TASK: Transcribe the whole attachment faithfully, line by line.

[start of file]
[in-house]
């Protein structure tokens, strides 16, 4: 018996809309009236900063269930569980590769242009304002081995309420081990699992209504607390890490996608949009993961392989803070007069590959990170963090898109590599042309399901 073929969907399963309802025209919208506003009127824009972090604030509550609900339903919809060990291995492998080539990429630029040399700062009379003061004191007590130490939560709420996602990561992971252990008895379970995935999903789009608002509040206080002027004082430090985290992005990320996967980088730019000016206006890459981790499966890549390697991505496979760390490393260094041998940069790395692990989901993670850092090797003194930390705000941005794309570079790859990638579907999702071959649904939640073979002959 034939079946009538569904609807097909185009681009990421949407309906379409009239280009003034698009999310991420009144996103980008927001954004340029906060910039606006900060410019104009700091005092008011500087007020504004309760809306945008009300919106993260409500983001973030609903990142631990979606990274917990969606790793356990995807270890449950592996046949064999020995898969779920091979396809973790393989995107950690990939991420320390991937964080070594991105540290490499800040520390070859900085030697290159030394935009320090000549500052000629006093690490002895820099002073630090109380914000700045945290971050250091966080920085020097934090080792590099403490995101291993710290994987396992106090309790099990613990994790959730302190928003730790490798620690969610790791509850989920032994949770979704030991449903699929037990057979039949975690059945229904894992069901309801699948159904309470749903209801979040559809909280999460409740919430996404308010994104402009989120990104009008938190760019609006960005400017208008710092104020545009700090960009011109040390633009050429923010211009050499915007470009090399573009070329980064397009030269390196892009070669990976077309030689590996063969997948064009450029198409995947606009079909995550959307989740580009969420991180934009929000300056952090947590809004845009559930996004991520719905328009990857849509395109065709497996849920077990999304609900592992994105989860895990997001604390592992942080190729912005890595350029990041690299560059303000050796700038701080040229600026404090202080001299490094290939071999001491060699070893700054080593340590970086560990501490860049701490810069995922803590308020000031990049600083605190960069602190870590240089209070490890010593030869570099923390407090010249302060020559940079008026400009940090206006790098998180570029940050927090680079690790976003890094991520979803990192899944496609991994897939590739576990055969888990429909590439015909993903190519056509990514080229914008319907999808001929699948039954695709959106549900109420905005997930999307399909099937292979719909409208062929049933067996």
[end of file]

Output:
[in-house]
């Protein structure tokens, strides 16, 4: 018996809309009236900063269930569980590769242009304002081995309420081990699992209504607390890490996608949009993961392989803070007069590959990170963090898109590599042309399901 073929969907399963309802025209919208506003009127824009972090604030509550609900339903919809060990291995492998080539990429630029040399700062009379003061004191007590130490939560709420996602990561992971252990008895379970995935999903789009608002509040206080002027004082430090985290992005990320996967980088730019000016206006890459981790499966890549390697991505496979760390490393260094041998940069790395692990989901993670850092090797003194930390705000941005794309570079790859990638579907999702071959649904939640073979002959 034939079946009538569904609807097909185009681009990421949407309906379409009239280009003034698009999310991420009144996103980008927001954004340029906060910039606006900060410019104009700091005092008011500087007020504004309760809306945008009300919106993260409500983001973030609903990142631990979606990274917990969606790793356990995807270890449950592996046949064999020995898969779920091979396809973790393989995107950690990939991420320390991937964080070594991105540290490499800040520390070859900085030697290159030394935009320090000549500052000629006093690490002895820099002073630090109380914000700045945290971050250091966080920085020097934090080792590099403490995101291993710290994987396992106090309790099990613990994790959730302190928003730790490798620690969610790791509850989920032994949770979704030991449903699929037990057979039949975690059945229904894992069901309801699948159904309470749903209801979040559809909280999460409740919430996404308010994104402009989120990104009008938190760019609006960005400017208008710092104020545009700090960009011109040390633009050429923010211009050499915007470009090399573009070329980064397009030269390196892009070669990976077309030689590996063969997948064009450029198409995947606009079909995550959307989740580009969420991180934009929000300056952090947590809004845009559930996004991520719905328009990857849509395109065709497996849920077990999304609900592992994105989860895990997001604390592992942080190729912005890595350029990041690299560059303000050796700038701080040229600026404090202080001299490094290939071999001491060699070893700054080593340590970086560990501490860049701490810069995922803590308020000031990049600083605190960069602190870590240089209070490890010593030869570099923390407090010249302060020559940079008026400009940090206006790098998180570029940050927090680079690790976003890094991520979803990192899944496609991994897939590739576990055969888990429909590439015909993903190519056509990514080229914008319907999808001929699948039954695709959106549900109420905005997930999307399909099937292979719909409208062929049933067996």